A carbon monoxide irreducible form of cytochrome c oxidase and other unusual properties of the "monomeric" shark enzyme.
Contrary to previous reports, the functional and spectral properties of "monomeric" shark cytochrome c oxidases are not entirely similar to those of the "dimeric" beef enzyme. Most significantly, unlike the behavior of beef oxidase, the fully oxidized shark enzyme is not reducible by carbon monoxide. Also, preparations of the shark enzyme, isolated at pH 7.8-8.0, lead to more than 60% of the sample always being obtained in a resting form, whereas similarly prepared beef oxidase is very often obtained, both by ourselves and others, exclusively in the pulsed form. Although the electronic absorption, magnetic circular dichroism and electron paramagnetic resonance (EPR) spectra of cytochrome c oxidase obtained from several shark species are similar to those of the beef enzyme, there are some significant differences. In particular, the Soret maximum is at 422 nm in the case of the fully oxidized resting shark oxidases at physiological pH and not 418 nm as commonly found for the beef enzyme. Moreover, the resting shark oxidases do not necessarily exhibit a "g = 12" signal in their EPR spectra. The turnover numbers of recent preparations of the shark enzyme are higher than previously reported and, interestingly, do not differ within experimental uncertainty from those documented for several beef isoenzymes assayed under comparable conditions.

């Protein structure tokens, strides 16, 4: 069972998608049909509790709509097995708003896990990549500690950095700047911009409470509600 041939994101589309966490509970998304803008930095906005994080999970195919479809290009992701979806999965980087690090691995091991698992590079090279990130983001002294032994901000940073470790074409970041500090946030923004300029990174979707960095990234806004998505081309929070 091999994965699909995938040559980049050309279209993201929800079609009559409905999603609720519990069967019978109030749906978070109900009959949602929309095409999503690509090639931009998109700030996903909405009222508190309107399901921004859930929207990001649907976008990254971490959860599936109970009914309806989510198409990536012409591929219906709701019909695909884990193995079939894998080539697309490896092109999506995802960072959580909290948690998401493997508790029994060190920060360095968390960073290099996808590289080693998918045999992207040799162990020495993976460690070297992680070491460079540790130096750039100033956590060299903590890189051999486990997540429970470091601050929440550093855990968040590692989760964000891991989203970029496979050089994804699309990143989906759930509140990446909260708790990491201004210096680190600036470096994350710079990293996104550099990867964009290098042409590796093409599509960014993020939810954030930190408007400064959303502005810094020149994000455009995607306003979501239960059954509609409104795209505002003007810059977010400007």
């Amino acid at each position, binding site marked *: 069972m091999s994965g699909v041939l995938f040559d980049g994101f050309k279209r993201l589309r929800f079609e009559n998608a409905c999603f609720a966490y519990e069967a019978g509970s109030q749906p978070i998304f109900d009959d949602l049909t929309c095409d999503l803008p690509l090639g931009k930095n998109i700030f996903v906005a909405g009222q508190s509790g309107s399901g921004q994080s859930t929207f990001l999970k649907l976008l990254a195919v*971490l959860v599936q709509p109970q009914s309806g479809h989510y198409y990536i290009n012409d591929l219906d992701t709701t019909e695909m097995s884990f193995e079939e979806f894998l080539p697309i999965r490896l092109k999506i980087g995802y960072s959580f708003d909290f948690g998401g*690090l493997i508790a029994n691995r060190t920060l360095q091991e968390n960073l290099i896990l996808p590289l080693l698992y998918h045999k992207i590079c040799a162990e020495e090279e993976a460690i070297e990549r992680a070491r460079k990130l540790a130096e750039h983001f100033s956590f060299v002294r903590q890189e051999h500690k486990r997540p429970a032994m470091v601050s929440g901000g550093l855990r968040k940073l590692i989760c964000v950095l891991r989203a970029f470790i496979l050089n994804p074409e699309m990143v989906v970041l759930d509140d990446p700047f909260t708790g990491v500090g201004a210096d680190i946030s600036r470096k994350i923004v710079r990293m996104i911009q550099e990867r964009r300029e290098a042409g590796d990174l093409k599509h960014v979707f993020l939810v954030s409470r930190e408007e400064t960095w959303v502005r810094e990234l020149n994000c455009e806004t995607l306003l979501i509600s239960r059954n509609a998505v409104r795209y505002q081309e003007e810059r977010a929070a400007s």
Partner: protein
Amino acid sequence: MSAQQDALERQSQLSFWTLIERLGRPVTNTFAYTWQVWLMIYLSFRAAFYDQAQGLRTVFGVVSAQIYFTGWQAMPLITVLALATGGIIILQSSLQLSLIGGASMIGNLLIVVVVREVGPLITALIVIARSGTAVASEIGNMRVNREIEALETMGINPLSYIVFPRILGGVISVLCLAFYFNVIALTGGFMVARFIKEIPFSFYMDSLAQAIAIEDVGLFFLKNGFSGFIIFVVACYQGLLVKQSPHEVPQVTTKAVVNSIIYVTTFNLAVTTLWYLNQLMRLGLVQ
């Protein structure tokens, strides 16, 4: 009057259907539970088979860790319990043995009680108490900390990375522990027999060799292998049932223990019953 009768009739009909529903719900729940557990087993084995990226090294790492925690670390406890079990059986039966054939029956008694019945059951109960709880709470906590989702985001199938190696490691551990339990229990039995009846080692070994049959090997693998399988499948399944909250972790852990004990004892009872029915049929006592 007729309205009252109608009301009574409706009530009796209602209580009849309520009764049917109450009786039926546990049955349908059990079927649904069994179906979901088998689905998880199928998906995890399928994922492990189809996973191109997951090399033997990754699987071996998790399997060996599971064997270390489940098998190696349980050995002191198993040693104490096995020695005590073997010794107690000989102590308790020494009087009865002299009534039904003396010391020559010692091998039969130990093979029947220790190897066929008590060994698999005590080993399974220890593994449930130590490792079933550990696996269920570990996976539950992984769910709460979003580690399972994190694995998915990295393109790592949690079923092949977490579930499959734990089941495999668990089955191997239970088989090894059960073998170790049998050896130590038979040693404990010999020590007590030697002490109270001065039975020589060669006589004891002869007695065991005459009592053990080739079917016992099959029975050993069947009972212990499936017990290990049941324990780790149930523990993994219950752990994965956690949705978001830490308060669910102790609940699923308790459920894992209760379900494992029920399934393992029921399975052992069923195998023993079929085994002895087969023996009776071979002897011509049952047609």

Holm, DE; Godette, G; Bonaventura, C; Bonaventura, J; Boatright, MD; Pearce, LL; Peterson, J
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